Potassium channels that are inhibited by internal ATP (KATP channels) provide a critical link between metabolism and cellular excitability. Protein kinase C (PKC) acts on KATP channels to regulate diverse cellular processes, including cardioprotection by ischemic preconditioning and pancreatic insulin secretion. PKC action decreases the Hill coefficient of ATP binding to cardiac KATP channels, thereby increasing their open probability at physiological ATP concentrations. We show that PKC similarly regulates recombinant channels from both the pancreas and heart. Surprisingly, PKC acts via phosphorylation of a specific, conserved threonine residue (T180) in the pore-forming subunit (Kir6.2). Additional PKC consensus sites exist on both Kir and the larger sulfonylurea receptor (SUR) subunits. Nonetheless, T180 controls changes in open probability induced by direct PKC action either in the absence of, or in complex with, the accessory SUR1 (pancreatic) or SUR2A (cardiac) subunits. The high degree of conservation of this site among different KATP channel isoforms suggests that this pathway may have wide significance for the physiological regulation of KATP channels in various tissues and organelles.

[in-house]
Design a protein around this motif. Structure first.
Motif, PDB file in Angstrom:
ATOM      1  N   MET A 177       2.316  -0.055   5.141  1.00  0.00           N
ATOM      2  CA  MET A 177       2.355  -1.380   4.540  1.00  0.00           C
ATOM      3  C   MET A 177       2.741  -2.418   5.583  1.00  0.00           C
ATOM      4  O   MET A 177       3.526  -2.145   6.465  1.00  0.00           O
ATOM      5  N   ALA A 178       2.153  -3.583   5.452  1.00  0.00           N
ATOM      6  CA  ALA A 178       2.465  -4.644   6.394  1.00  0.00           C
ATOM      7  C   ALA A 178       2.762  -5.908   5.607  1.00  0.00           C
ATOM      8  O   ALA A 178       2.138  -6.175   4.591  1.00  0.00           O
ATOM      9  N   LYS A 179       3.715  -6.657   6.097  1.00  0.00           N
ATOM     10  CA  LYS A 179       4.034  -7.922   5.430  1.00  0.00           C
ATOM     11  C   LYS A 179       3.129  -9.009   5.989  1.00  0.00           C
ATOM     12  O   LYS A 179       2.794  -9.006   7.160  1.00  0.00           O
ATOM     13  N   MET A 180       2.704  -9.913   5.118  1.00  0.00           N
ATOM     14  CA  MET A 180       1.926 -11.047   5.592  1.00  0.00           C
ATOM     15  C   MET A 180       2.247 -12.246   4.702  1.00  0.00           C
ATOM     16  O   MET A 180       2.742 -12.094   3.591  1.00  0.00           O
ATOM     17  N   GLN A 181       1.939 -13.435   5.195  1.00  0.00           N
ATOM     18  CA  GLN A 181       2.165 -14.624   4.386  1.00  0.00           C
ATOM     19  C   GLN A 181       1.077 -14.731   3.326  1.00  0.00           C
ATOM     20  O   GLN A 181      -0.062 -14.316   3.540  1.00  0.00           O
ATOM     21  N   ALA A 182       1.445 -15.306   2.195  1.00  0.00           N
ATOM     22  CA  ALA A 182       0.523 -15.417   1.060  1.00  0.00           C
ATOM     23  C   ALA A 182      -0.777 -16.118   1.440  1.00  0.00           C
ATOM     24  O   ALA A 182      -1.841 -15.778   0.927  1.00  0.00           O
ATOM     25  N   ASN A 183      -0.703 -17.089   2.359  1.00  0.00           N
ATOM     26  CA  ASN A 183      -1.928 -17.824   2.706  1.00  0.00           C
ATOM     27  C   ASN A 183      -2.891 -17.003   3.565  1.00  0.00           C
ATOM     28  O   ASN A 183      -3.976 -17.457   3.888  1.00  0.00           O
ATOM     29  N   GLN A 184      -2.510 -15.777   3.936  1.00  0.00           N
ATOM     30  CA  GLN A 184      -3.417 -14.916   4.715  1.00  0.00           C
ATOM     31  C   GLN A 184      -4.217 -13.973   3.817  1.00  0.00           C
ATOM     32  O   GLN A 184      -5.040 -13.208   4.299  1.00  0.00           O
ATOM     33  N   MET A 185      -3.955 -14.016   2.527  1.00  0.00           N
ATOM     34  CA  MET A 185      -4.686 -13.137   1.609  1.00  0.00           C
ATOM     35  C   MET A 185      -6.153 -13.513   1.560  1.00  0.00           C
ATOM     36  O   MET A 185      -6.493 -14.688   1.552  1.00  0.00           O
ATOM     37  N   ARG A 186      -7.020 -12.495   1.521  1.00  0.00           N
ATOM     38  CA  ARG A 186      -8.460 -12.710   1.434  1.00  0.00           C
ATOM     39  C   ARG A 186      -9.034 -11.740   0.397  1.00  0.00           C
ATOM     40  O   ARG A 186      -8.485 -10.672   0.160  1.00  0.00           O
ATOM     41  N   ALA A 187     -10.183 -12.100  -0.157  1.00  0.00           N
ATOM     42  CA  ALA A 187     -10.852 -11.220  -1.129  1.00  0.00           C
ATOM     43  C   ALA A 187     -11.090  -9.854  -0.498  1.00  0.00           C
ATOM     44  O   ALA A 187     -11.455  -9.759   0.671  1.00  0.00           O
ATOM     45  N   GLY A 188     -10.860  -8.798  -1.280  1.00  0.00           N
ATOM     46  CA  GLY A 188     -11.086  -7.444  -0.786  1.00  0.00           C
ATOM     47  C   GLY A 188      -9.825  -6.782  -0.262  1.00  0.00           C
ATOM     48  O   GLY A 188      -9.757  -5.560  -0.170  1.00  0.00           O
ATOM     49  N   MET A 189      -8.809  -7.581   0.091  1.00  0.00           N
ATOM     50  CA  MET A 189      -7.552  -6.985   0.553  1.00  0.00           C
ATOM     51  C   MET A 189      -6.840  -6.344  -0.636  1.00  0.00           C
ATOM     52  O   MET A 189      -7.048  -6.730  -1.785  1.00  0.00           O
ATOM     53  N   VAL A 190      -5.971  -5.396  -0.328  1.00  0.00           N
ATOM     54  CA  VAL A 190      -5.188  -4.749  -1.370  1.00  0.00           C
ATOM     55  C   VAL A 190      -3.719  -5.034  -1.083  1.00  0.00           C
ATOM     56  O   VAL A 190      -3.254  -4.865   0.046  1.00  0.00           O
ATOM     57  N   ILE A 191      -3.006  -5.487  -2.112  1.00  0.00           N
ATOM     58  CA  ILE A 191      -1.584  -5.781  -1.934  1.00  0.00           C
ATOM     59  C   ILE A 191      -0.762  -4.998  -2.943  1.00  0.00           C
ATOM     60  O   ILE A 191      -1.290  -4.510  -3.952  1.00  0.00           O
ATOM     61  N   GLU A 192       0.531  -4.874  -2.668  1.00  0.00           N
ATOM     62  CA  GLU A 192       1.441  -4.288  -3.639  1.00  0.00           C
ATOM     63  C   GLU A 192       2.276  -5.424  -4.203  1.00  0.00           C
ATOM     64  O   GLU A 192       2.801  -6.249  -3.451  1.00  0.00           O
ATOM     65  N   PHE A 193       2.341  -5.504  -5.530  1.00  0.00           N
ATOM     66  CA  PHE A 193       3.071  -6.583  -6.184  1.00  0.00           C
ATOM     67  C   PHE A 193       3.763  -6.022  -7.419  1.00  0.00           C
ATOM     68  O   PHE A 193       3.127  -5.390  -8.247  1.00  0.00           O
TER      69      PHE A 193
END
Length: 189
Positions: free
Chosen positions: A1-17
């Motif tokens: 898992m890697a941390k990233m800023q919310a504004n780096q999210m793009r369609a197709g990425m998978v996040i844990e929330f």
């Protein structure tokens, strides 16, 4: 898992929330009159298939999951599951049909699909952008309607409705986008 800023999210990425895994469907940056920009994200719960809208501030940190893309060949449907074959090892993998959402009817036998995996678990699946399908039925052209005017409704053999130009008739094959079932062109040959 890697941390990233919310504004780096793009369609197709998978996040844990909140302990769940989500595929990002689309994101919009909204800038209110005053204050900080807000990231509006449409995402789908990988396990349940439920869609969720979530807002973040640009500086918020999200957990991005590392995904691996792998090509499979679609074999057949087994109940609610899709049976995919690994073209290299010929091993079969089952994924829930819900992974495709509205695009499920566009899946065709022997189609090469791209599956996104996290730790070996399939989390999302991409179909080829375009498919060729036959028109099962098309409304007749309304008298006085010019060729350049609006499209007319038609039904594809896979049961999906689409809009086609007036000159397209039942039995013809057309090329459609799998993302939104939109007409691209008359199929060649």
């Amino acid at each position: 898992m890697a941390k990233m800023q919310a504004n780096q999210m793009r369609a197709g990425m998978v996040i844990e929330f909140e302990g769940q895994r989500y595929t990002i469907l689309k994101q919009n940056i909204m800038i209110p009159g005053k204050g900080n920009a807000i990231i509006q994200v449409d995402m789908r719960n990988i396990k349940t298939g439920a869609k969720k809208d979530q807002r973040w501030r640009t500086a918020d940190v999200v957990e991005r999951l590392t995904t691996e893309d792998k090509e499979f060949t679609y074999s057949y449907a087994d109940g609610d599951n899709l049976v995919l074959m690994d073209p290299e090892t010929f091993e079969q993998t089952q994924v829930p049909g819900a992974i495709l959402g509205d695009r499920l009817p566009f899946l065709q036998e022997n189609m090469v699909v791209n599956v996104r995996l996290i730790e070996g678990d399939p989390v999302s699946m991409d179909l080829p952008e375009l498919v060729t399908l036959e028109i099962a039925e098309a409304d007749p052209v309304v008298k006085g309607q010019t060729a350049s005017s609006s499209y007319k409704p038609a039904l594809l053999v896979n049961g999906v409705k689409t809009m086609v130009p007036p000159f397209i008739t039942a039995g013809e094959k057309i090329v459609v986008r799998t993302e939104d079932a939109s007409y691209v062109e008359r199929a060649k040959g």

|Number of pages||6|
|Journal||Proceedings of the National Academy of Sciences of the United States of America|
|Publication status||Published - 1 Aug 2000|
Light, P. E., Bladen, C., Winkfein, R. J., Walsh, M. P., & French, R. J. (2000). Molecular basis of protein kinase C-induced activation of ATP-sensitive potassium channels. Proceedings of the National Academy of Sciences of the United States of America, 97(16), 9058-9063. https://doi.org/10.1073/pnas.160068997